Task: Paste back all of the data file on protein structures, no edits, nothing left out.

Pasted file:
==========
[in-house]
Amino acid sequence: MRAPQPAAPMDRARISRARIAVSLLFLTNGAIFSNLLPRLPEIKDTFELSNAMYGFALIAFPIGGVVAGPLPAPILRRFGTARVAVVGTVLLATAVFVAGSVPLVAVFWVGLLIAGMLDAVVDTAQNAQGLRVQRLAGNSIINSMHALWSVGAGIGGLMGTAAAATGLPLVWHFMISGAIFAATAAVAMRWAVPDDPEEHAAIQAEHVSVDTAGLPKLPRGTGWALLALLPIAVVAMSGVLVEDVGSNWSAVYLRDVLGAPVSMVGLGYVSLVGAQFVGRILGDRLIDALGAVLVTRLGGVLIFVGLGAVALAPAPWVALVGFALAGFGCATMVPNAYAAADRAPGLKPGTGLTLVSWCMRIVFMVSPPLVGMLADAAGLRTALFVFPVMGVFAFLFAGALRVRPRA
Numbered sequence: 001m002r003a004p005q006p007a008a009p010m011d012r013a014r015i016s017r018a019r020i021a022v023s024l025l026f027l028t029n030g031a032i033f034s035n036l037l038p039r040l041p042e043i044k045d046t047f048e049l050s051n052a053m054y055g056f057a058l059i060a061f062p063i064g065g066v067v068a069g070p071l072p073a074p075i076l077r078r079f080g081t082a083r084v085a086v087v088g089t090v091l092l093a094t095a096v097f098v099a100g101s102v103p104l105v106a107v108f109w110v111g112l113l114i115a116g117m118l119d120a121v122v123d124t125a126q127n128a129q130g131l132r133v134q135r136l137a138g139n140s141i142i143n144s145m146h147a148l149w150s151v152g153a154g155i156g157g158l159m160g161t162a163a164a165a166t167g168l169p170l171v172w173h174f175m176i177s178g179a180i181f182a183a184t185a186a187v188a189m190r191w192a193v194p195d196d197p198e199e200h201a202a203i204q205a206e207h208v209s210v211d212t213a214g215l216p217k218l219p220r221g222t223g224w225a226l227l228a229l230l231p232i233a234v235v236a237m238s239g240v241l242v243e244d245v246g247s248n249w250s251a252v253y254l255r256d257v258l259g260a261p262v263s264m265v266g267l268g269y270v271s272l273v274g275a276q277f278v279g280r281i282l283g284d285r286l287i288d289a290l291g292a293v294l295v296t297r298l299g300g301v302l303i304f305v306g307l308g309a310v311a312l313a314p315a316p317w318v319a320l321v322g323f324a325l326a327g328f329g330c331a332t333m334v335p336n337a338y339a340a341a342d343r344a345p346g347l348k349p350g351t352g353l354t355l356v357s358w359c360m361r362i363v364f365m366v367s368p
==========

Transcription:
[in-house]
Amino acid sequence: MRAPQPAAPMDRARISRARIAVSLLFLTNGAIFSNLLPRLPEIKDTFELSNAMYGFALIAFPIGGVVAGPLPAPILRRFGTARVAVVGTVLLATAVFVAGSVPLVAVFWVGLLIAGMLDAVVDTAQNAQGLRVQRLAGNSIINSMHALWSVGAGIGGLMGTAAAATGLPLVWHFMISGAIFAATAAVAMRWAVPDDPEEHAAIQAEHVSVDTAGLPKLPRGTGWALLALLPIAVVAMSGVLVEDVGSNWSAVYLRDVLGAPVSMVGLGYVSLVGAQFVGRILGDRLIDALGAVLVTRLGGVLIFVGLGAVALAPAPWVALVGFALAGFGCATMVPNAYAAADRAPGLKPGTGLTLVSWCMRIVFMVSPPLVGMLADAAGLRTALFVFPVMGVFAFLFAGALRVRPRA
Numbered sequence: 001m002r003a004p005q006p007a008a009p010m011d012r013a014r015i016s017r018a019r020i021a022v023s024l025l026f027l028t029n030g031a032i033f034s035n036l037l038p039r040l041p042e043i044k045d046t047f048e049l050s051n052a053m054y055g056f057a058l059i060a061f062p063i064g065g066v067v068a069g070p071l072p073a074p075i076l077r078r079f080g081t082a083r084v085a086v087v088g089t090v091l092l093a094t095a096v097f098v099a100g101s102v103p104l105v106a107v108f109w110v111g112l113l114i115a116g117m118l119d120a121v122v123d124t125a126q127n128a129q130g131l132r133v134q135r136l137a138g139n140s141i142i143n144s145m146h147a148l149w150s151v152g153a154g155i156g157g158l159m160g161t162a163a164a165a166t167g168l169p170l171v172w173h174f175m176i177s178g179a180i181f182a183a184t185a186a187v188a189m190r191w192a193v194p195d196d197p198e199e200h201a202a203i204q205a206e207h208v209s210v211d212t213a214g215l216p217k218l219p220r221g222t223g224w225a226l227l228a229l230l231p232i233a234v235v236a237m238s239g240v241l242v243e244d245v246g247s248n249w250s251a252v253y254l255r256d257v258l259g260a261p262v263s264m265v266g267l268g269y270v271s272l273v274g275a276q277f278v279g280r281i282l283g284d285r286l287i288d289a290l291g292a293v294l295v296t297r298l299g300g301v302l303i304f305v306g307l308g309a310v311a312l313a314p315a316p317w318v319a320l321v322g323f324a325l326a327g328f329g330c331a332t333m334v335p336n337a338y339a340a341a342d343r344a345p346g347l348k349p350g351t352g353l354t355l356v357s358w359c360m361r362i363v364f365m366v367s368p